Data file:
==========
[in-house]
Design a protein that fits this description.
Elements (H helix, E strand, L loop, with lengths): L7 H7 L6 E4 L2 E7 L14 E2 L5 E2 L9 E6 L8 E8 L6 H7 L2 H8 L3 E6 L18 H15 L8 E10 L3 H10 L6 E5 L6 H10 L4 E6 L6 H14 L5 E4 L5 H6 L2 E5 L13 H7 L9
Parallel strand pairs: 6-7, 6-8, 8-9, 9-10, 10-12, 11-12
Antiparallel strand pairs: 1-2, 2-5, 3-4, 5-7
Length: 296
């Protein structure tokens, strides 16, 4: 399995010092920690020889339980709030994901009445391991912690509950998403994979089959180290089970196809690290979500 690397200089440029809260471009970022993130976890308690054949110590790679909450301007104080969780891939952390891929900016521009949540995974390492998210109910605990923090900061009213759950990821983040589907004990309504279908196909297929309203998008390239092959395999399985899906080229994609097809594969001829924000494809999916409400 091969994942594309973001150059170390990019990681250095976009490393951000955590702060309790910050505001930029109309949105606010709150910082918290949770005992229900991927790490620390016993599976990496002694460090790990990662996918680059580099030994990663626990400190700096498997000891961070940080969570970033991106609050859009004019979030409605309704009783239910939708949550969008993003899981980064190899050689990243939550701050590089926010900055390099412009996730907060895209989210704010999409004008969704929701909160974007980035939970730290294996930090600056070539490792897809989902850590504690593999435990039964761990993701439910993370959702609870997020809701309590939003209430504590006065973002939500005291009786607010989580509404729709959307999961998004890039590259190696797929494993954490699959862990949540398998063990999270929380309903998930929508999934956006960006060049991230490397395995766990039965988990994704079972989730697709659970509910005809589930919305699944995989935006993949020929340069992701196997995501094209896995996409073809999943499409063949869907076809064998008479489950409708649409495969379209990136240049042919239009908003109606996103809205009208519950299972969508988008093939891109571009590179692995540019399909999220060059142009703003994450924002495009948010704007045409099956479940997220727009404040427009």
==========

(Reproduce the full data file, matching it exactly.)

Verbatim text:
[in-house]
Design a protein that fits this description.
Elements (H helix, E strand, L loop, with lengths): L7 H7 L6 E4 L2 E7 L14 E2 L5 E2 L9 E6 L8 E8 L6 H7 L2 H8 L3 E6 L18 H15 L8 E10 L3 H10 L6 E5 L6 H10 L4 E6 L6 H14 L5 E4 L5 H6 L2 E5 L13 H7 L9
Parallel strand pairs: 6-7, 6-8, 8-9, 9-10, 10-12, 11-12
Antiparallel strand pairs: 1-2, 2-5, 3-4, 5-7
Length: 296
């Protein structure tokens, strides 16, 4: 399995010092920690020889339980709030994901009445391991912690509950998403994979089959180290089970196809690290979500 690397200089440029809260471009970022993130976890308690054949110590790679909450301007104080969780891939952390891929900016521009949540995974390492998210109910605990923090900061009213759950990821983040589907004990309504279908196909297929309203998008390239092959395999399985899906080229994609097809594969001829924000494809999916409400 091969994942594309973001150059170390990019990681250095976009490393951000955590702060309790910050505001930029109309949105606010709150910082918290949770005992229900991927790490620390016993599976990496002694460090790990990662996918680059580099030994990663626990400190700096498997000891961070940080969570970033991106609050859009004019979030409605309704009783239910939708949550969008993003899981980064190899050689990243939550701050590089926010900055390099412009996730907060895209989210704010999409004008969704929701909160974007980035939970730290294996930090600056070539490792897809989902850590504690593999435990039964761990993701439910993370959702609870997020809701309590939003209430504590006065973002939500005291009786607010989580509404729709959307999961998004890039590259190696797929494993954490699959862990949540398998063990999270929380309903998930929508999934956006960006060049991230490397395995766990039965988990994704079972989730697709659970509910005809589930919305699944995989935006993949020929340069992701196997995501094209896995996409073809999943499409063949869907076809064998008479489950409708649409495969379209990136240049042919239009908003109606996103809205009208519950299972969508988008093939891109571009590179692995540019399909999220060059142009703003994450924002495009948010704007045409099956479940997220727009404040427009």